Jana Headrick grew up in a hockey-loving Ojibway family, and started playing hockey when she was three years old.
As the years went on, she no longer saw herself in the sport, losing the feeling of friendship and connection that comes with being on a team of peers.
“Female hockey was growing in my area and not necessarily overly supported, so the opportunity definitely wasn’t always there,” she told Information Morning Fredericton.
Headrick, originally from Garden River First Nation near Sault Ste. Marie, Ont., kept looking for her team, and she found it in the University of New Brunswick Reds.
This fall she’s using her team’s resources and her coach’s expertise to offer camps to Indigenous girls in the Fredericton area to make sure they get an opportunity to discover their own passion.
“It’s super meaningful and super fun for me being out there and to get to interact with all the girls, and seeing all the smiles on their faces,” she said.
The camp is now sold out, with four more weeks to go.
The team also had an equipment drive to get sticks and skates for the girls who are participating. In the camp they will learn the sport and how it can be a way to get to higher education and finding a community, Headrick said.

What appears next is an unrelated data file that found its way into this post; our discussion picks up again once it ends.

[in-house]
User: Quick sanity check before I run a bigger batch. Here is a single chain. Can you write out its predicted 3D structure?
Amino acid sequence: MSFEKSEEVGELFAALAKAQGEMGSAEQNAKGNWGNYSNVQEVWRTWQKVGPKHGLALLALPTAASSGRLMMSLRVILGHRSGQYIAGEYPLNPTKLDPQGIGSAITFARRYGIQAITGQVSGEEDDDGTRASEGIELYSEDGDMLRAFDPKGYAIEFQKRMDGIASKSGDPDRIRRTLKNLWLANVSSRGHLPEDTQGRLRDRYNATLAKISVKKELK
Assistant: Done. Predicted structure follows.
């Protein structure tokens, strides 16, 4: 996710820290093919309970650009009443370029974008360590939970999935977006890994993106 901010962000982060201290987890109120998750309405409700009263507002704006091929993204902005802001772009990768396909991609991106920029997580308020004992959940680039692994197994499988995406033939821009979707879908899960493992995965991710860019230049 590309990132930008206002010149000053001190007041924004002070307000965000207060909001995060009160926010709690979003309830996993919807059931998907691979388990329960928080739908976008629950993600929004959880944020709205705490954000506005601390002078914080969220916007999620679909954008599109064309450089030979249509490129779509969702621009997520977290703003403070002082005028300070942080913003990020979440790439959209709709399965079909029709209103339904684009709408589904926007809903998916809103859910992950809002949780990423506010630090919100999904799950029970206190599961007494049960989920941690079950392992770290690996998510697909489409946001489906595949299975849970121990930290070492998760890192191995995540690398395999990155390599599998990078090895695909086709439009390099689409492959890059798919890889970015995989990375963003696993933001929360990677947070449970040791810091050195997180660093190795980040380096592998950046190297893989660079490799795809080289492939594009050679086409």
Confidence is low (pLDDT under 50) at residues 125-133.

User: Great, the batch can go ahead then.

Indigenous studies sparks a passion
Before coming to the UNB in 2020, Headrick played for four years at the University of Toronto, where she took kinesiology and Indigenous studies for her undergraduate degree.
She said learning about Indigenous issues made her see her experience growing up in Garden River in a new light.
“[Learning about] Indigenous issues, and especially Indigenous issues surrounding sport, really made me want to try to do something about it,” she said.
She wasn’t sure how to go about that, until she met her hockey coach at UNB, where she’s studying for a master’s degree in sports and recreation.
“She was really pushing us … to get out in the community and learn about different backgrounds and basically, like, be honourable so that you’re a better citizen when you leave here.”
Sarah Hilworth, head coach of the Reds, said in a news release that she hopes Headrick will inspire other Indigenous girls to start their own hockey careers.
“We believe hockey is for everyone and this is one of the ways we want to walk that walk,” Hilworth is quoted as saying.
Headrick said the team acknowledges there is an accessibility problem in the sport world.
“Hockey is a very expensive sport that lacks diversity,” Headrick said. “It’s not an accessible sport for children from many different backgrounds and demographics, First Nations included.”
Headrick said she hopes to see more people like her on the ice in the future.
“Seeing me, they might realize they can use something they love as a vehicle to a higher education,” she said. “It doesn’t have to be sport. It could be writing, the arts, whatever passion they have.”